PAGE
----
Remembering Those Who Died For Our Country

This weekend, while we gather with family and friends to celebrate Memorial Day, we must also take time to remember all the brave men and women who have fought and died for our country. It is important we honor those who made the ultimate sacrifice defending freedom around the globe so we could remain safe at home.  

Next month marks the 75th Anniversary of the Battle of the Midway in WWII, considered one of the most important battles of the U.S. Navy’s Pacific Campaign. More than 300 Americans lost their lives preventing the Japanese from taking the island of Midway, a key to U.S. defenses in the Pacific. This Memorial Day, take pause at the heroism and resolve of those who fell defending American territory and ideals during that incredible battle.


As the son, father, brother and uncle of U.S. veterans, I have a heartfelt appreciation for everything our soldiers and their families sacrifice. In honor of the families who have lost a service member during a war, the Assembly Minority Conference has sponsored legislation to help them deal with their tremendous loss.

In addition to a number of pieces of legislation aimed at helping our veterans, I proudly support the College Tuition for Family Members of Fallen Military Personnel (A.1737, Hawley), which would allow the surviving dependent family members of New York State military personnel, who died while on active duty, to receive free tuition, room, and board at SUNY or CUNY institutions.

On the federal level, the Post 9/11 GI Bill allows the transfer of benefits from a service member to immediate family members. If the service member loses their life defending our country their family shouldn’t lose the opportunity to use those benefits.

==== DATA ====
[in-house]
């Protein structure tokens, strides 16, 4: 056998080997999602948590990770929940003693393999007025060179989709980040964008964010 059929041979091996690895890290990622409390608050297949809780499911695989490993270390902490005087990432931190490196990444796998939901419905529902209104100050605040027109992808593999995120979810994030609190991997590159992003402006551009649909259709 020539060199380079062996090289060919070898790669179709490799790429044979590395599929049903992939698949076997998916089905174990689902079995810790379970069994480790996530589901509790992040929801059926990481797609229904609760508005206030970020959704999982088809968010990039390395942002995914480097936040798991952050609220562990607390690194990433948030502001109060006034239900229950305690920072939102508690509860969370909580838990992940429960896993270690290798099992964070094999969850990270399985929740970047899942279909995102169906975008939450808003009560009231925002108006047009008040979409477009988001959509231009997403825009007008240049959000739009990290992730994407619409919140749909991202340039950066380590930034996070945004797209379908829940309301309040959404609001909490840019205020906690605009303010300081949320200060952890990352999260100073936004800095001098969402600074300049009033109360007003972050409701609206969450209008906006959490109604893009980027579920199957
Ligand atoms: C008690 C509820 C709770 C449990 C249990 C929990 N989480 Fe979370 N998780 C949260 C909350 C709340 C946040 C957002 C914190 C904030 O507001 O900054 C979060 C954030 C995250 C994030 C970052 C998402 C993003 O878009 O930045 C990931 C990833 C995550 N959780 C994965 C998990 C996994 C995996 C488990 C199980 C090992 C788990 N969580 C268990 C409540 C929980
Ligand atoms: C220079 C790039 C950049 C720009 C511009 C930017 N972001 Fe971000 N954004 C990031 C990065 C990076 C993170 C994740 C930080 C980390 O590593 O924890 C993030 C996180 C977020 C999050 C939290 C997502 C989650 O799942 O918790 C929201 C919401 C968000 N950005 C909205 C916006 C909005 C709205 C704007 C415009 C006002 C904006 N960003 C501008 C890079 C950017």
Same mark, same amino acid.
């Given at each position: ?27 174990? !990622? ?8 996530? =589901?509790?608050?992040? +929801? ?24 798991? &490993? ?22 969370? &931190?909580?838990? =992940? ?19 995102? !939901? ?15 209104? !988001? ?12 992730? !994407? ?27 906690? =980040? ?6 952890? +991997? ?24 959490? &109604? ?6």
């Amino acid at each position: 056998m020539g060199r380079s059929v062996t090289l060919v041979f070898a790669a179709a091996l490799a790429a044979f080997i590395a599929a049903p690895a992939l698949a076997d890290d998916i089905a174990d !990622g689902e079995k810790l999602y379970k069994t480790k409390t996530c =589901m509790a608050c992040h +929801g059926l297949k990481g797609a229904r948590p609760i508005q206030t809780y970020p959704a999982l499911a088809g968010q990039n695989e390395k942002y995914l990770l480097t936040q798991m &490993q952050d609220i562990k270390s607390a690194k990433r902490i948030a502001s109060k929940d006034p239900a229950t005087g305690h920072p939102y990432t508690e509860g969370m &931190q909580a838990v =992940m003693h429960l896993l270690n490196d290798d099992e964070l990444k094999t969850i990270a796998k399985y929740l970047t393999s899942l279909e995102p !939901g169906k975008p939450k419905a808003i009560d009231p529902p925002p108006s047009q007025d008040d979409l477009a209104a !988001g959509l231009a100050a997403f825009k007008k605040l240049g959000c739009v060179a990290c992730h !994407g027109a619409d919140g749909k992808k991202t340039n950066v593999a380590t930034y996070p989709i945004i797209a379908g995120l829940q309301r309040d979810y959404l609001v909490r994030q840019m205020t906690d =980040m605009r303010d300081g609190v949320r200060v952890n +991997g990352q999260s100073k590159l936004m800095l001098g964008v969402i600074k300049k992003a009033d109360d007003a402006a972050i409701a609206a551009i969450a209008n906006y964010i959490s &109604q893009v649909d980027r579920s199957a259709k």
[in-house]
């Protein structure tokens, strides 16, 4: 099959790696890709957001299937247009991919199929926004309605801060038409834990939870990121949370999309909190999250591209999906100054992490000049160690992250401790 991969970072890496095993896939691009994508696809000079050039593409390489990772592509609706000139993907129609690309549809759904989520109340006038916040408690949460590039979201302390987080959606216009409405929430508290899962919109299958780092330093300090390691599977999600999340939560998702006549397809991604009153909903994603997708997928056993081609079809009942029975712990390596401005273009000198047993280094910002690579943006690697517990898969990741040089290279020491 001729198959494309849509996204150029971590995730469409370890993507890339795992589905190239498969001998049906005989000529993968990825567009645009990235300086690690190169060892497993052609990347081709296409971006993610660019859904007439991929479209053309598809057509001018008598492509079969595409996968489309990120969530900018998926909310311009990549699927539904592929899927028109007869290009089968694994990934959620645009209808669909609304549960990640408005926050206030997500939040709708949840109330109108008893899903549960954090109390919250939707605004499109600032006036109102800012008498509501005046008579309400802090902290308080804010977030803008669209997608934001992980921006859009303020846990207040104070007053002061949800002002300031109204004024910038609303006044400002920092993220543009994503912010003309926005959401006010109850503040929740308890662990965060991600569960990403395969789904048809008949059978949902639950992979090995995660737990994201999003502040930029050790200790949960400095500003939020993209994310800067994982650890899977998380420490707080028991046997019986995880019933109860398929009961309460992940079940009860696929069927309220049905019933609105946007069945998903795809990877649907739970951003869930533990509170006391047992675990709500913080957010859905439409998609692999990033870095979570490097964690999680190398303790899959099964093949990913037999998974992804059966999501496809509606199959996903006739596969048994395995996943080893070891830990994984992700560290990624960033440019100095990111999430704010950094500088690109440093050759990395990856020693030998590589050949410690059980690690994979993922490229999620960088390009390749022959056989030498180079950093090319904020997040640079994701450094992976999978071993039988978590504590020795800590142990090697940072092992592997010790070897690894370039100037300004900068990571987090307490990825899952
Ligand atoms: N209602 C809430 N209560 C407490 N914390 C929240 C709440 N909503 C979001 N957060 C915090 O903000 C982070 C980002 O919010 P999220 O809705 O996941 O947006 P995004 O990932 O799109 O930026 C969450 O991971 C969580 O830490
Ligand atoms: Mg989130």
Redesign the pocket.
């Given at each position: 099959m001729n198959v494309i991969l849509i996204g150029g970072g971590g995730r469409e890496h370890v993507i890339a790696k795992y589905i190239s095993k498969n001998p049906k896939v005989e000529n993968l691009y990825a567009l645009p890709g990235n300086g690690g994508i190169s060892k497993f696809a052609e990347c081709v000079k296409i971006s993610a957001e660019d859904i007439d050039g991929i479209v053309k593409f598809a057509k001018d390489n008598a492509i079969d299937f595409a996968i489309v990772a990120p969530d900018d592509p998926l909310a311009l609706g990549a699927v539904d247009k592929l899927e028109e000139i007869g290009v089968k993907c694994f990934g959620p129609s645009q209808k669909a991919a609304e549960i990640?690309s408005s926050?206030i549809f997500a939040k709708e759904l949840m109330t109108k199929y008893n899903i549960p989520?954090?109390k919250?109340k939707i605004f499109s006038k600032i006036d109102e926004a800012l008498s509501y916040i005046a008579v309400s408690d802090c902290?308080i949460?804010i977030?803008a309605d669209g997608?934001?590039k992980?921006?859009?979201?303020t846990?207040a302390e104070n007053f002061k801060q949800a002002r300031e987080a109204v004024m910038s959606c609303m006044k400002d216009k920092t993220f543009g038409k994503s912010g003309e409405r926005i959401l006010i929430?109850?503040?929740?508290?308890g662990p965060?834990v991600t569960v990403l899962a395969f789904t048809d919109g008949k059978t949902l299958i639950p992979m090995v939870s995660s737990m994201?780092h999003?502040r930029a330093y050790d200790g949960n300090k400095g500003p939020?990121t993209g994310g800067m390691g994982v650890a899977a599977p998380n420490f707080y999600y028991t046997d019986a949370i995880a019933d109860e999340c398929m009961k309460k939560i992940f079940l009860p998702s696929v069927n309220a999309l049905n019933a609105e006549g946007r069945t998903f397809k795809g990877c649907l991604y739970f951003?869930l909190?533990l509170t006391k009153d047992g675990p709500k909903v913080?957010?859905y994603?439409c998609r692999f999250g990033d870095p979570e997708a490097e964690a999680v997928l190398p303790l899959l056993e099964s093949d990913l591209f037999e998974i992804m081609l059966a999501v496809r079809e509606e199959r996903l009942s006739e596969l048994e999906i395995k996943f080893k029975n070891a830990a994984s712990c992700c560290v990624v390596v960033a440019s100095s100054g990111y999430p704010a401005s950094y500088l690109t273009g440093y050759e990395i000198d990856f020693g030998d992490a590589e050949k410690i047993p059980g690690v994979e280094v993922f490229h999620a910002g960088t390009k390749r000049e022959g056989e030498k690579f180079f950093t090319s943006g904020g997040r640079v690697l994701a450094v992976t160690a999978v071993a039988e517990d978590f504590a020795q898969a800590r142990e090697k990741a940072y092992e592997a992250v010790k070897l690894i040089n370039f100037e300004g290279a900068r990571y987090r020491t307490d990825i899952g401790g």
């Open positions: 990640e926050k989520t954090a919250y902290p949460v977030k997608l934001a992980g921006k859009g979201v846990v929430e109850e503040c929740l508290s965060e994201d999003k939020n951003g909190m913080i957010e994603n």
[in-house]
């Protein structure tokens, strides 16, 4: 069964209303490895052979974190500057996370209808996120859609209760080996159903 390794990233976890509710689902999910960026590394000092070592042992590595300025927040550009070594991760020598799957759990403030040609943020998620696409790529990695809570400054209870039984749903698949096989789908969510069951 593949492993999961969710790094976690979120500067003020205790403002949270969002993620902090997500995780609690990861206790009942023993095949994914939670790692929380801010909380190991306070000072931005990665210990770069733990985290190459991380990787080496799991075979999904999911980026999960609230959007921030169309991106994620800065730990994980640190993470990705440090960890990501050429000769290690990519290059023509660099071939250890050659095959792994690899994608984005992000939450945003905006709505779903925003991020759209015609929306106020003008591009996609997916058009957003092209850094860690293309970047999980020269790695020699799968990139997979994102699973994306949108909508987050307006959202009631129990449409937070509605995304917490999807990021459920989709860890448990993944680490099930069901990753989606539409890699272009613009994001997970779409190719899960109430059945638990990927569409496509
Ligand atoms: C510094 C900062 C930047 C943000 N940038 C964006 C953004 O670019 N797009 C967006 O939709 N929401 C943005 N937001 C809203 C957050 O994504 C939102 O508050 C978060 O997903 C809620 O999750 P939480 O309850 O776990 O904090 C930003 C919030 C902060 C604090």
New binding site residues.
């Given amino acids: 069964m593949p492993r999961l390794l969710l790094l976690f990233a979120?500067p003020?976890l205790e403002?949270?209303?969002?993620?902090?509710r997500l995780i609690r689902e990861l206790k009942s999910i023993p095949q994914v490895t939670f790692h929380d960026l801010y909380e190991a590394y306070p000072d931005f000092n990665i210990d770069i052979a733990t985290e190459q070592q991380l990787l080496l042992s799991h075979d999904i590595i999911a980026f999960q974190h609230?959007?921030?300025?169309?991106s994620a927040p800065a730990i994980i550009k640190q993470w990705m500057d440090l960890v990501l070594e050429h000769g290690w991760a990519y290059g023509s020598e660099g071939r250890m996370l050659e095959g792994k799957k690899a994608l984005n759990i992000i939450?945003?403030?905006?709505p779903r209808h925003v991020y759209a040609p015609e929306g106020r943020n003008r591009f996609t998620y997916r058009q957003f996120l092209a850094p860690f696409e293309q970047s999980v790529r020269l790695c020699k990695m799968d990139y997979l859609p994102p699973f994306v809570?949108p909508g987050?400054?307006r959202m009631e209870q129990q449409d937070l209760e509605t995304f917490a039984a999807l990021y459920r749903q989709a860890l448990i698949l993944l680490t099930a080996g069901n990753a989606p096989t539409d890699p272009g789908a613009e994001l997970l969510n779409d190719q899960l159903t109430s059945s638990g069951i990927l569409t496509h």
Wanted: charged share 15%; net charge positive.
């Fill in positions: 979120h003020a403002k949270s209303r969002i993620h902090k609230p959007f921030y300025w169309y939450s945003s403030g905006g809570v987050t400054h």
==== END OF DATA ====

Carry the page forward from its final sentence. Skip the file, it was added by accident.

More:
As local residents know, this weekend holds a special place for our region. The Village of Waterloo was home to the nation’s first Memorial Day ceremony in 1866. Henry C. Welles, a local druggist, came up with the idea to commemorate the lives lost during the Civil War. 
Mr. Welles joined General John B. Murray, the Seneca County Clerk, to formalize what we now call Memorial Day. As a result, in 1868, General John A. Logan issued General Order No. 11 establishing “Decoration Day” on May 5, exactly two years after Waterloo’s village-wide ceremony.

This weekend there will be no shortage of festivities in Waterloo commemorating Memorial Day, and recognizing the Village’s place in history. As always, there is something for everyone and a variety of events and activities families can enjoy. For information on Waterloo’s Memorial Day Celebration, please visit .
I hope each of you can take a moment to reflect on the gravity of what our parades, cook-outs and celebrations represent. Without the incredible bravery and sacrifices of the U.S. Armed Forces, we would not be able to enjoy the many luxuries and liberties we too often take for granted. As we continue to face an uncertain world, we must be especially mindful of how fortunate we are to live in the greatest country, under the protection of the greatest military force in the world.

What do you think? I want to hear from you. Send me your feedback, suggestions and ideas regarding this or any other issue facing New York State. You can always contact my district office at (315) 781-2030, e-mail me at, find me by searching for Assemblyman Brian Kolb on Facebook and follow me on Twitter.

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